Country Grammar


Second line of first song from Brooklyn country-rap DIYers B-Star: “You won’t see me on MTV posing in chaps.” I suppose the singer in the crinoline is no problem, though—like most small acts, B-Star has a better sense of what they’re fighting against than what they’re fighting for. Country and rap together isn’t nearly the big whoop they make it out to be—word to the Disco Four and the Bellamy Brothers. Where they could win is in a strong argument for overlapping roots and working-class camaraderie. Instead, we get missed opportunities (no “Laffy Taffy” for the pre-set burlesque?), easy bromides about hospital cutbacks and—cue sound of Lou Dobbs gasping—outsourcing, all with a side of anti-bling condescension (“It’s not a party ’til Jay-Z stabs someone.” Hee-haw.) Frontman Rench is a charmless rapper, mistaking observation for insight, but an intuitive singer, always dour, sharpening his duets with the hoopskirted Veronica Dougherty, who shines in “Recession” and the smoky, excellent “Too Far Gone.” (Violinist—I mean, fiddler—Michi Wiancko is also slumming below her skill set here.)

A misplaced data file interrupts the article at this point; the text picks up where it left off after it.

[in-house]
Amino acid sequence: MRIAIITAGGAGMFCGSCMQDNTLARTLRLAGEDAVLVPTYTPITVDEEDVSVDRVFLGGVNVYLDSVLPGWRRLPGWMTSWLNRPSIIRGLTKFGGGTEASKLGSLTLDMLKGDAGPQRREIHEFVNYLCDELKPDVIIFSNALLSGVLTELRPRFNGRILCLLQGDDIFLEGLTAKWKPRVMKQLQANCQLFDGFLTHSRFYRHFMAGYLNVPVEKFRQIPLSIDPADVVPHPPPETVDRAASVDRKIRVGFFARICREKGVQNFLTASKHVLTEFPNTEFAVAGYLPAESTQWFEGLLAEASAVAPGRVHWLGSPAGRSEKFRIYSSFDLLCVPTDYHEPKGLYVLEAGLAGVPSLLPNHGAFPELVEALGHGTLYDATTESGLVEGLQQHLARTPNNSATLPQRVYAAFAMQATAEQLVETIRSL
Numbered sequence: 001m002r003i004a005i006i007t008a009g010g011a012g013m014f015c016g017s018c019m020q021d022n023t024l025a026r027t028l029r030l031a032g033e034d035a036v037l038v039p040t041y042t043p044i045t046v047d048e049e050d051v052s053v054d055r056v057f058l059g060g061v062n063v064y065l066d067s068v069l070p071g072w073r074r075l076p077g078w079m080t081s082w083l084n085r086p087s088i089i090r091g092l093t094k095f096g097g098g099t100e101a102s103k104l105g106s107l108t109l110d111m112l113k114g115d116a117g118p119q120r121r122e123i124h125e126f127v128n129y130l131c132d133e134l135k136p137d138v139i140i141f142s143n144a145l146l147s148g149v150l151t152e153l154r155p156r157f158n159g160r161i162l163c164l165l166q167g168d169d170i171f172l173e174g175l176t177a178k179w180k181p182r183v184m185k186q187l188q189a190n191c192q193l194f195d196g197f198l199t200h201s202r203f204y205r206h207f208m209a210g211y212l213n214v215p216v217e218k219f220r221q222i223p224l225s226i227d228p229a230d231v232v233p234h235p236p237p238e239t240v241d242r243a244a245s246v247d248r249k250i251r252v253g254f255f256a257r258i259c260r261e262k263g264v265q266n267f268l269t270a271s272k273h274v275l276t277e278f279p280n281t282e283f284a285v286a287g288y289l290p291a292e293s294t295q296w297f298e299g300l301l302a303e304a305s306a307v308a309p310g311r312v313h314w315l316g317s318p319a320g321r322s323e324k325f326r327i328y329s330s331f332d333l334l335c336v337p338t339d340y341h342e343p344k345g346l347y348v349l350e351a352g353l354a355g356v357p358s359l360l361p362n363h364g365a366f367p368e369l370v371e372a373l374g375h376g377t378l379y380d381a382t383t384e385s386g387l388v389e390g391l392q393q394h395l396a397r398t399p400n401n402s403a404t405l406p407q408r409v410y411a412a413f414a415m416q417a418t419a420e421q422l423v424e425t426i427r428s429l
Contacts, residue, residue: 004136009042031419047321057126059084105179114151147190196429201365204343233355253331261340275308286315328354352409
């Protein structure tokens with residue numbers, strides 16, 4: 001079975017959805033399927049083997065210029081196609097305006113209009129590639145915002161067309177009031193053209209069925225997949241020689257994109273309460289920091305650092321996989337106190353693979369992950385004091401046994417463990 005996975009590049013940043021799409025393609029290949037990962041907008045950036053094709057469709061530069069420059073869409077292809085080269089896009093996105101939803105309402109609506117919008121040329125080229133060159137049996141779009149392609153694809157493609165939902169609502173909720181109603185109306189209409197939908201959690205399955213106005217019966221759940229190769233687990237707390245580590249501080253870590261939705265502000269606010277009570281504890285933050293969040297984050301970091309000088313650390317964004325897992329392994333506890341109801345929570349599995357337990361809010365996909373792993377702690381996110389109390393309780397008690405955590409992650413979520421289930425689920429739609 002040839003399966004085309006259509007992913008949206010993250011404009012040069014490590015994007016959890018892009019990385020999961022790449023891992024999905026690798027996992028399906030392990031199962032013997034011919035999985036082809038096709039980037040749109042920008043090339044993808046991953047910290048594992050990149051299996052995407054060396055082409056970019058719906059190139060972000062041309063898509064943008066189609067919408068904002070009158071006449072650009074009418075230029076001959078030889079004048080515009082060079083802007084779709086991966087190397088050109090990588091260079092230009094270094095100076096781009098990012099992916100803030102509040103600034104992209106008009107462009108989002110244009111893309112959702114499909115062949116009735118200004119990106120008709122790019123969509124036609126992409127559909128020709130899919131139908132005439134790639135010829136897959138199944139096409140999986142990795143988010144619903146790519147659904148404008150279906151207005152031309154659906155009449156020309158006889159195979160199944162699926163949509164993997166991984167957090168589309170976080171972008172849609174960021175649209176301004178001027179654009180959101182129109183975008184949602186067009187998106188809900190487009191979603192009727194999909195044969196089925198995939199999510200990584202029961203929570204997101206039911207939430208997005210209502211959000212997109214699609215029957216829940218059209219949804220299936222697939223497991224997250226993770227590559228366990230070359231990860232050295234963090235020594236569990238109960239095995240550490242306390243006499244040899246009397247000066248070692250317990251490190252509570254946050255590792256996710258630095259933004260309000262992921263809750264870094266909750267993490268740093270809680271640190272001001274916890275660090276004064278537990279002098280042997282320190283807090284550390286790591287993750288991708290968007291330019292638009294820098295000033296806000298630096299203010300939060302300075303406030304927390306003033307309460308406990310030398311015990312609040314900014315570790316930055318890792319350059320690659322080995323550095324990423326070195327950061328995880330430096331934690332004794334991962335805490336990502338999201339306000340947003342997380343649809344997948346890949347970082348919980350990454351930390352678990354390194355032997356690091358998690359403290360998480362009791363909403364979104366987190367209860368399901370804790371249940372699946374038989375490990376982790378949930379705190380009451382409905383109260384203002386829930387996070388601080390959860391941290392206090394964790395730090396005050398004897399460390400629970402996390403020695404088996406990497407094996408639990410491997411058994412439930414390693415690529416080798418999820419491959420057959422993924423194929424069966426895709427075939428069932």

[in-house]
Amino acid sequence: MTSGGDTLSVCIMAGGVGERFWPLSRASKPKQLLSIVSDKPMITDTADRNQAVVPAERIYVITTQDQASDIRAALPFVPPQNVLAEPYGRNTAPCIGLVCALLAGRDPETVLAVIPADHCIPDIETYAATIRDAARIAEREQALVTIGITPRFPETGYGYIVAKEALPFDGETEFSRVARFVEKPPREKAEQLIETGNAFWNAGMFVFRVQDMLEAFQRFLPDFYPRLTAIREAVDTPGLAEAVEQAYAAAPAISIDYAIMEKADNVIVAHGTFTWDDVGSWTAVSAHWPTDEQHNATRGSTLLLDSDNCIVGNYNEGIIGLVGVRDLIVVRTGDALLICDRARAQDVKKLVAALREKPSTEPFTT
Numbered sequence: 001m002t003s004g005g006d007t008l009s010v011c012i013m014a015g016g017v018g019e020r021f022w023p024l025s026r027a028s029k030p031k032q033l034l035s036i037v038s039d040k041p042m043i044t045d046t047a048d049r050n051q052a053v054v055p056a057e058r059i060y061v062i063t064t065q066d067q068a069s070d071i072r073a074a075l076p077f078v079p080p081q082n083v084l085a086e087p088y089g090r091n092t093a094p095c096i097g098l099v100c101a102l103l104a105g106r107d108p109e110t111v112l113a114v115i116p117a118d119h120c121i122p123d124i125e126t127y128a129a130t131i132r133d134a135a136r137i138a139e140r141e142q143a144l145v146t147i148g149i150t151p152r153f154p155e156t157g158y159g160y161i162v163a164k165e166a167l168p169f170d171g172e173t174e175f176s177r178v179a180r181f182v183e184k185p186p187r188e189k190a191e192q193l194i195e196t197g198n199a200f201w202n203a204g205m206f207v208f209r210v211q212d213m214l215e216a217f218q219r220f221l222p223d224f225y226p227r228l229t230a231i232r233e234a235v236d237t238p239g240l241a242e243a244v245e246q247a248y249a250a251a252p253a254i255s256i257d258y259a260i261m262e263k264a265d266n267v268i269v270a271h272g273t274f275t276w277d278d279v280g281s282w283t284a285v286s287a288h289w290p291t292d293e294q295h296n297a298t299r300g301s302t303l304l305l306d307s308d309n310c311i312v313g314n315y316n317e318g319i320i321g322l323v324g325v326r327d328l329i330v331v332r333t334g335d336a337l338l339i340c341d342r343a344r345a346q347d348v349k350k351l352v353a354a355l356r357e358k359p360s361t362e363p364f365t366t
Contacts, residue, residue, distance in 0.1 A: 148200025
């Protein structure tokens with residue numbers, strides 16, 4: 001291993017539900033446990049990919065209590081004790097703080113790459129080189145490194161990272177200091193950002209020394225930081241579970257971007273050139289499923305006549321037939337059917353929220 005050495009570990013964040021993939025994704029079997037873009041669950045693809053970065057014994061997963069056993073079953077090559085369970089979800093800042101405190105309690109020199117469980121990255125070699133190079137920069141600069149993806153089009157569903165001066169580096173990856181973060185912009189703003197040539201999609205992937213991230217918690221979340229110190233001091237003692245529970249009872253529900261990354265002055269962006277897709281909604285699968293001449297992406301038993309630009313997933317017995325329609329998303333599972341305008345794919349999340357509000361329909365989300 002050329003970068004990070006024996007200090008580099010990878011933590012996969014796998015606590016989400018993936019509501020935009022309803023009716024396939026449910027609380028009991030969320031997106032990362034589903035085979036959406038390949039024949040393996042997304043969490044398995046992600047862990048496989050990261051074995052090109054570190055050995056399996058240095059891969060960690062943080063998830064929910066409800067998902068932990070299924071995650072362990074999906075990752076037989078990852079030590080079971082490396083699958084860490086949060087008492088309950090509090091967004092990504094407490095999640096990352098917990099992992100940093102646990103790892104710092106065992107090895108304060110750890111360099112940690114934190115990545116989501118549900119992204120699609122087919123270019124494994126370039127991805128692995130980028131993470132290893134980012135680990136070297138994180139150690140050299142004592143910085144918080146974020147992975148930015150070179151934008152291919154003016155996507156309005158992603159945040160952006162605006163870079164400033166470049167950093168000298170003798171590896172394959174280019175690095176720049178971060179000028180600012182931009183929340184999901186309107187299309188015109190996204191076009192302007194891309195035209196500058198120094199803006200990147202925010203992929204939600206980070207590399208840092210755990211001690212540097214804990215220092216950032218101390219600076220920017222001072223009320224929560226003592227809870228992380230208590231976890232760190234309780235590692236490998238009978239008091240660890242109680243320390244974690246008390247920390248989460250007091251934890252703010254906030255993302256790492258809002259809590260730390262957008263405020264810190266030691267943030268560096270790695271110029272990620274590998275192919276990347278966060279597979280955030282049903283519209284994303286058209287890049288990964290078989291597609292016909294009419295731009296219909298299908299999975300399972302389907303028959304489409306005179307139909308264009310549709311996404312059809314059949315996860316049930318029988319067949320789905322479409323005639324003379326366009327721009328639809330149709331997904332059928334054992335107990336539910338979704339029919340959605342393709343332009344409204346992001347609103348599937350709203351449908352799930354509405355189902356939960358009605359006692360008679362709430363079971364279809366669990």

Rench didn’t name Kid Rock as an enemy while advertising his self-organized “First Ever Country Hip-Hop Festival”—Troy and Bubba got crosshairs, instead—because maybe he realizes Detroit’s mojo-est has done more for his cause than he ever could. Even when he’s singing, Rock hits his phrasings like the rapper he sometimes still is. But his modest talent isn’t incommensurate with immodest vision and ambition; he’s rationalized and unified his competing influences. A medley of “Blitzkrieg Bop,” “White Lines,” and “Sweet Home Alabama” jells cleanly. Then he channels Bert Campaneris, playing banjo, turntables, and drums in quick succession.

At worst, Rock flirts with becoming a heritage act, sating fans’ need to be reminded of their love for “Freebird” and “Drift Away” in between the raucous “American Bad Ass” and 10-minute versions of “Bawitdaba.” But he saves it by ditching the Nudie-esque pants for wifebeater and jeans and easing into “Picture,” his own Great American Songwriter bid. Live, his drummer fills in for the absent Sheryl Crow. Hey, Veronica—in these parts, that’s called a job opening.

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